We listened to Aretha when I was a waitress.  Her version of “Respect” was better than Otis Redding’s, we thought.

We thought a lot about respect.  None of us was really getting it.

Ellen Burstyn and Chris Christopherson in "Alice Doesn't Live Here Any More.

Ellen Burstyn and Chris Christopherson in “Alice Doesn’t Live Here Any More.

I was a bad waitress.  I was too intent on reading Doris Lessing to pay attention to my customers.  I once dropped a plate of spaghetti on somebody’s lap.  He left a huge tip because I was so embarrassed.

Once a group of 30 Amish people came in and ordered milkshakes.  We had one milkshake machine.  We served them.

But we didn’t get respect.

We didn’t really expect it.

In the Midwest, even if you’re smart, you don’t get respect.  You’re not allowed to brag about your achievements.  You are not allowed to brag in Indiana, Illinois, Iowa, Wisconsin, Nebraska, or Minnesota.

If you’re a waitress, your achievements are minimal.

If you’ve won a prize, it’s hard to work it into the conversation.

If a friend stops speaking to you when you’ve won a prize he or she expected to win, that’s another reason not to brag.

When bloggers congratulate themselves and boast about their achievements, I’m always thinking, They can’t be serious.  Sometimes I think English bloggers get more respect than Americans.  But then I can think of more star English bloggers than American bloggers.  Who ARE the star American bloggers?

So now I’ll congratulate myself.  I have been blogging here for exactly a year.  When I started Mirabile Dictu on Dec. 11 last year, I wasn’t looking for respect.  I simply needed to do better.

I was tired of reading critics in The New York Times, Slate, Salon, The Guardian (and if I’ve missed anybody, let me know) who said that blogs, Twitter, and other social media were too “nice” and ruining criticism.

Well, fuck, I thought.  Don’t they know we could do better?

I liked some of these critics; some of them I liked less.  I dismissed what they said.  We were not writing essays; how could they mistake us?   But I was also a little worried.  Were reactions on Goodreads changing the way editors edited books? I hoped not.

If they are, that’s too bad.

Karen Thompson Walker, author of The Age of Miracles, used to be an editor.  When she said at a reading that she knew what people liked to read, something clicked in my brain that said, Uh oh.  I like her book very much, but when people think they know what we like to read…no, that’s not good.

Anyway, I didn’t start this blog to get respect or figure out what people like to read.  I just  decided to do (marginally) better at keeping a book journal that is also my diary.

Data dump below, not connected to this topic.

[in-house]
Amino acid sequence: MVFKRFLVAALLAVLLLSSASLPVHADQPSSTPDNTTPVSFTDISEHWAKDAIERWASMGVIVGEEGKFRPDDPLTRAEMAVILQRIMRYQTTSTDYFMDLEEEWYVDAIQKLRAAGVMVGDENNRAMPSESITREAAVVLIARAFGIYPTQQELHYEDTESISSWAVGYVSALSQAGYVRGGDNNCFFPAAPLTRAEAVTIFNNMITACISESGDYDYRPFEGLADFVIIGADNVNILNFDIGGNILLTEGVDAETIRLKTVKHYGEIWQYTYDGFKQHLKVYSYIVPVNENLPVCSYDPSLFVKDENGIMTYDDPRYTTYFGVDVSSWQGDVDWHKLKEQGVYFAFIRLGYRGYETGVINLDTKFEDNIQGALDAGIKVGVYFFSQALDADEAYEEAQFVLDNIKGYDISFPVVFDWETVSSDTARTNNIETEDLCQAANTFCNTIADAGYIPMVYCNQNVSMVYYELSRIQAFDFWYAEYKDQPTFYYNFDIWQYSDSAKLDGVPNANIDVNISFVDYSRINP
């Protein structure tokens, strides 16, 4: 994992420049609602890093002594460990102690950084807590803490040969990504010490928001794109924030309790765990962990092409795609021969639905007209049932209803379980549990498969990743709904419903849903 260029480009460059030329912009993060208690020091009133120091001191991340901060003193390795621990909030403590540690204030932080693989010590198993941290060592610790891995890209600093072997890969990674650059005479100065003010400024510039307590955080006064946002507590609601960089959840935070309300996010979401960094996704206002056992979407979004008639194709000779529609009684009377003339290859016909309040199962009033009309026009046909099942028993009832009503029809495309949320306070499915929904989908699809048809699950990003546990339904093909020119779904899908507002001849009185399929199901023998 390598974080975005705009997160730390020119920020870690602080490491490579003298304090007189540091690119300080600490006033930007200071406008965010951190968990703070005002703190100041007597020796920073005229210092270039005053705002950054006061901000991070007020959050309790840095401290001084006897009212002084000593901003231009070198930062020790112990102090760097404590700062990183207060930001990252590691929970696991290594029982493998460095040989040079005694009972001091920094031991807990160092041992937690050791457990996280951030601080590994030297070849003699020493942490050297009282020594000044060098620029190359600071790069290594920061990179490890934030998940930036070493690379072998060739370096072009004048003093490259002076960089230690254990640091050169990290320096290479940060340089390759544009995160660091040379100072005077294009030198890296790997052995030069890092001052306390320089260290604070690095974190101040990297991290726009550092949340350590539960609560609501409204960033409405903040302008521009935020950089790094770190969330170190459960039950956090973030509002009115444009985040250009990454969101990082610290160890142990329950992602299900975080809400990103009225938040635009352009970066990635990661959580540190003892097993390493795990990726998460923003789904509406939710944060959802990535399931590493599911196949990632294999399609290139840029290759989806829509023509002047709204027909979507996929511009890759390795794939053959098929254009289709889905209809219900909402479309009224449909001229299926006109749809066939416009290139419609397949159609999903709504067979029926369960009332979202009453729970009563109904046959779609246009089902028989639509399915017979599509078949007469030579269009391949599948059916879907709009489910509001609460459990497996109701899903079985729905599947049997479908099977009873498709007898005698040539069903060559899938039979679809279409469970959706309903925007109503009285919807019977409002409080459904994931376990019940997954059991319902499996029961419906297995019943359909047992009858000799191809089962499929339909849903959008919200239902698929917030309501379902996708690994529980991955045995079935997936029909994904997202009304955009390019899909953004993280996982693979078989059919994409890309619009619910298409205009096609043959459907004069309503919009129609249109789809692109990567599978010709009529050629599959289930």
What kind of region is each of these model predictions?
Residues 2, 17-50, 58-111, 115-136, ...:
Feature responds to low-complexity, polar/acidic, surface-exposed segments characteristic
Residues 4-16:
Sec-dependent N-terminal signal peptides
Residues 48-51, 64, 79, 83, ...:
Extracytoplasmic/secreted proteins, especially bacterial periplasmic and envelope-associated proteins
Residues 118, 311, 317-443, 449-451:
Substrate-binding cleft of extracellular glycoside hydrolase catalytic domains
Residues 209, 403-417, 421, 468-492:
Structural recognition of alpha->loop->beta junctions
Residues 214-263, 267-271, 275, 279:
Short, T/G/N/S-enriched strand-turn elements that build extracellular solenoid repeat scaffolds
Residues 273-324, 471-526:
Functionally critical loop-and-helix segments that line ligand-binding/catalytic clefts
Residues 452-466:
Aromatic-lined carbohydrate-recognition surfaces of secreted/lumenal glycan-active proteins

So what have I accomplished this year?

1.  I  intended to write more punctiliously and less often than I did at my old blog.  I still write very, very often. Possibly more often than I used to.

2.  I intended to be more tactful.  I have been marginally.  I lost a reader over Jane Austen, though.

2.  This year 58% of the books I’ve read so far are by women and 42% by men.   Last year my book journal stats were so out of whack in favor of women that I tried to correct them.

3.  I have (I think) written about more contemporary writers this year than last.

4.  I continue to read a lot of classics and reprints.  I have read fewer Viragos. I hope more will turn up at the Planned Parenthood sale.  I haven’t read any Persephones this year.  I recommend Enid Bagnold’s The Squire (which is one of Persephone’s present offerings):   I read it a few years ago.  I need to read more books by small presses.

5,  I interviewed five of my “Best of 2013 So Far” writers (see sidebar): Peter Stothard, author of Alexandria:  The Last Nights of Cleopatra,  Steve Yarbrough, author of The Realm of Last Chances, Karen E. Bender, author of A Town of Empty Rooms, D. J. Taylor, author of The Windsor Faction, and Lionel Shriver, author of Big Brother.


It is about writing for myself, being honest about books (a book can be brilliant even if it’s not absolutely to my taste), trying not to over-explain, and amusing myself  with semi-personal essays.


Interview bloggers about blogging.

WHAT IS THE FUTURE OF BLOGGING?  I do need to find out about more blogs.  Some seem to have burned out.  I recently weeded several from my blogroll, not because they were bad, but because I never visited them.  Please recommend your favorites.